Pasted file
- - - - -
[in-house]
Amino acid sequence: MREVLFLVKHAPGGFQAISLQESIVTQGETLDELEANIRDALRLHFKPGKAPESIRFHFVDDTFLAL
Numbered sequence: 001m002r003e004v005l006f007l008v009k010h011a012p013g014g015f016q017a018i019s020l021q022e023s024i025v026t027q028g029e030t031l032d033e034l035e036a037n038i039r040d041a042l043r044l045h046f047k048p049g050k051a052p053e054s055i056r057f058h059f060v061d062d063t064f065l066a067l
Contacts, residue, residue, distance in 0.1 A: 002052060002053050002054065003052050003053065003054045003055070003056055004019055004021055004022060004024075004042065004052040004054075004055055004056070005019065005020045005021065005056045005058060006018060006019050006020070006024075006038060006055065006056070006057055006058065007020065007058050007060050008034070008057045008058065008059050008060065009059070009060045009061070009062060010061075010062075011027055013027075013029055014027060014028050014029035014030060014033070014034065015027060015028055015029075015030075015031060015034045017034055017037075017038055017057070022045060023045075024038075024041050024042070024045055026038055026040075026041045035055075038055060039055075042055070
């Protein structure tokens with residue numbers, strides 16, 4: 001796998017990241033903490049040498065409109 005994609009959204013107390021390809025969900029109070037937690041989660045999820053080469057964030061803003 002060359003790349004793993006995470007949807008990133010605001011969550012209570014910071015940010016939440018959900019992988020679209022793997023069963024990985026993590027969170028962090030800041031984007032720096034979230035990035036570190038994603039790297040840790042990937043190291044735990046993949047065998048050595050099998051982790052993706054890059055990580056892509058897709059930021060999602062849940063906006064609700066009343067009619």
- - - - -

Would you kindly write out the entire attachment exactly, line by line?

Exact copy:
[in-house]
Amino acid sequence: MREVLFLVKHAPGGFQAISLQESIVTQGETLDELEANIRDALRLHFKPGKAPESIRFHFVDDTFLAL
Numbered sequence: 001m002r003e004v005l006f007l008v009k010h011a012p013g014g015f016q017a018i019s020l021q022e023s024i025v026t027q028g029e030t031l032d033e034l035e036a037n038i039r040d041a042l043r044l045h046f047k048p049g050k051a052p053e054s055i056r057f058h059f060v061d062d063t064f065l066a067l
Contacts, residue, residue, distance in 0.1 A: 002052060002053050002054065003052050003053065003054045003055070003056055004019055004021055004022060004024075004042065004052040004054075004055055004056070005019065005020045005021065005056045005058060006018060006019050006020070006024075006038060006055065006056070006057055006058065007020065007058050007060050008034070008057045008058065008059050008060065009059070009060045009061070009062060010061075010062075011027055013027075013029055014027060014028050014029035014030060014033070014034065015027060015028055015029075015030075015031060015034045017034055017037075017038055017057070022045060023045075024038075024041050024042070024045055026038055026040075026041045035055075038055060039055075042055070
């Protein structure tokens with residue numbers, strides 16, 4: 001796998017990241033903490049040498065409109 005994609009959204013107390021390809025969900029109070037937690041989660045999820053080469057964030061803003 002060359003790349004793993006995470007949807008990133010605001011969550012209570014910071015940010016939440018959900019992988020679209022793997023069963024990985026993590027969170028962090030800041031984007032720096034979230035990035036570190038994603039790297040840790042990937043190291044735990046993949047065998048050595050099998051982790052993706054890059055990580056892509058897709059930021060999602062849940063906006064609700066009343067009619």